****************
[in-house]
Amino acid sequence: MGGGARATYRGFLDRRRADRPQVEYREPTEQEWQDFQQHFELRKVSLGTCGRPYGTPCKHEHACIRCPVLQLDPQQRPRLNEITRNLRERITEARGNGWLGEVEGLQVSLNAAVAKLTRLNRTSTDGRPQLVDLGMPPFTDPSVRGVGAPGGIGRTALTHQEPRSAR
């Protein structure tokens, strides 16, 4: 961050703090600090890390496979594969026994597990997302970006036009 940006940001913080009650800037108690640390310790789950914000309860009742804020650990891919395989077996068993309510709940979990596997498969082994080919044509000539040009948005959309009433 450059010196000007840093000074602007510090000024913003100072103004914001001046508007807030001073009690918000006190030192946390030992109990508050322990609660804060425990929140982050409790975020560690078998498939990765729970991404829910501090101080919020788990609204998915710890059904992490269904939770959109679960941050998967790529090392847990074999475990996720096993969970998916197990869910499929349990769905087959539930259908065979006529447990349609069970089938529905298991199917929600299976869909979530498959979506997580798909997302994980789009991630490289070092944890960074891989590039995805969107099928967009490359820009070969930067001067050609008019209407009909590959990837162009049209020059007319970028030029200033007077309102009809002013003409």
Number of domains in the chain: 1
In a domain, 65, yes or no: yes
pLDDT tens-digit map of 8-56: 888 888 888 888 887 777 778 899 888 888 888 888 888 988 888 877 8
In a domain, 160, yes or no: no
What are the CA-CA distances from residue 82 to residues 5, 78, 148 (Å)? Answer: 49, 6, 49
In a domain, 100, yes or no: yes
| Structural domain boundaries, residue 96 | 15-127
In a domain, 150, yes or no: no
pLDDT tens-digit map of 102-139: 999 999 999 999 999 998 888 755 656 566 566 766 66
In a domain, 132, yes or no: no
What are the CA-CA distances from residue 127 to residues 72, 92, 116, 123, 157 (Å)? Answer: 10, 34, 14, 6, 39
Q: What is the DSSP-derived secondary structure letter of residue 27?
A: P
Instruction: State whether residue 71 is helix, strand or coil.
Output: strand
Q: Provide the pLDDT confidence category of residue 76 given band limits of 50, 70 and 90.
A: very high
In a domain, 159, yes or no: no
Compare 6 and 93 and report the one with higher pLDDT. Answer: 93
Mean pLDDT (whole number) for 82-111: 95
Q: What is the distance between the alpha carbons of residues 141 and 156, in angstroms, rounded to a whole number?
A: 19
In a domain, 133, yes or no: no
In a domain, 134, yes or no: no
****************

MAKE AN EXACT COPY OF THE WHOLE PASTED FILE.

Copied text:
[in-house]
Amino acid sequence: MGGGARATYRGFLDRRRADRPQVEYREPTEQEWQDFQQHFELRKVSLGTCGRPYGTPCKHEHACIRCPVLQLDPQQRPRLNEITRNLRERITEARGNGWLGEVEGLQVSLNAAVAKLTRLNRTSTDGRPQLVDLGMPPFTDPSVRGVGAPGGIGRTALTHQEPRSAR
């Protein structure tokens, strides 16, 4: 961050703090600090890390496979594969026994597990997302970006036009 940006940001913080009650800037108690640390310790789950914000309860009742804020650990891919395989077996068993309510709940979990596997498969082994080919044509000539040009948005959309009433 450059010196000007840093000074602007510090000024913003100072103004914001001046508007807030001073009690918000006190030192946390030992109990508050322990609660804060425990929140982050409790975020560690078998498939990765729970991404829910501090101080919020788990609204998915710890059904992490269904939770959109679960941050998967790529090392847990074999475990996720096993969970998916197990869910499929349990769905087959539930259908065979006529447990349609069970089938529905298991199917929600299976869909979530498959979506997580798909997302994980789009991630490289070092944890960074891989590039995805969107099928967009490359820009070969930067001067050609008019209407009909590959990837162009049209020059007319970028030029200033007077309102009809002013003409």
Number of domains in the chain: 1
In a domain, 65, yes or no: yes
pLDDT tens-digit map of 8-56: 888 888 888 888 887 777 778 899 888 888 888 888 888 988 888 877 8
In a domain, 160, yes or no: no
What are the CA-CA distances from residue 82 to residues 5, 78, 148 (Å)? Answer: 49, 6, 49
In a domain, 100, yes or no: yes
| Structural domain boundaries, residue 96 | 15-127
In a domain, 150, yes or no: no
pLDDT tens-digit map of 102-139: 999 999 999 999 999 998 888 755 656 566 566 766 66
In a domain, 132, yes or no: no
What are the CA-CA distances from residue 127 to residues 72, 92, 116, 123, 157 (Å)? Answer: 10, 34, 14, 6, 39
Q: What is the DSSP-derived secondary structure letter of residue 27?
A: P
Instruction: State whether residue 71 is helix, strand or coil.
Output: strand
Q: Provide the pLDDT confidence category of residue 76 given band limits of 50, 70 and 90.
A: very high
In a domain, 159, yes or no: no
Compare 6 and 93 and report the one with higher pLDDT. Answer: 93
Mean pLDDT (whole number) for 82-111: 95
Q: What is the distance between the alpha carbons of residues 141 and 156, in angstroms, rounded to a whole number?
A: 19
In a domain, 133, yes or no: no
In a domain, 134, yes or no: no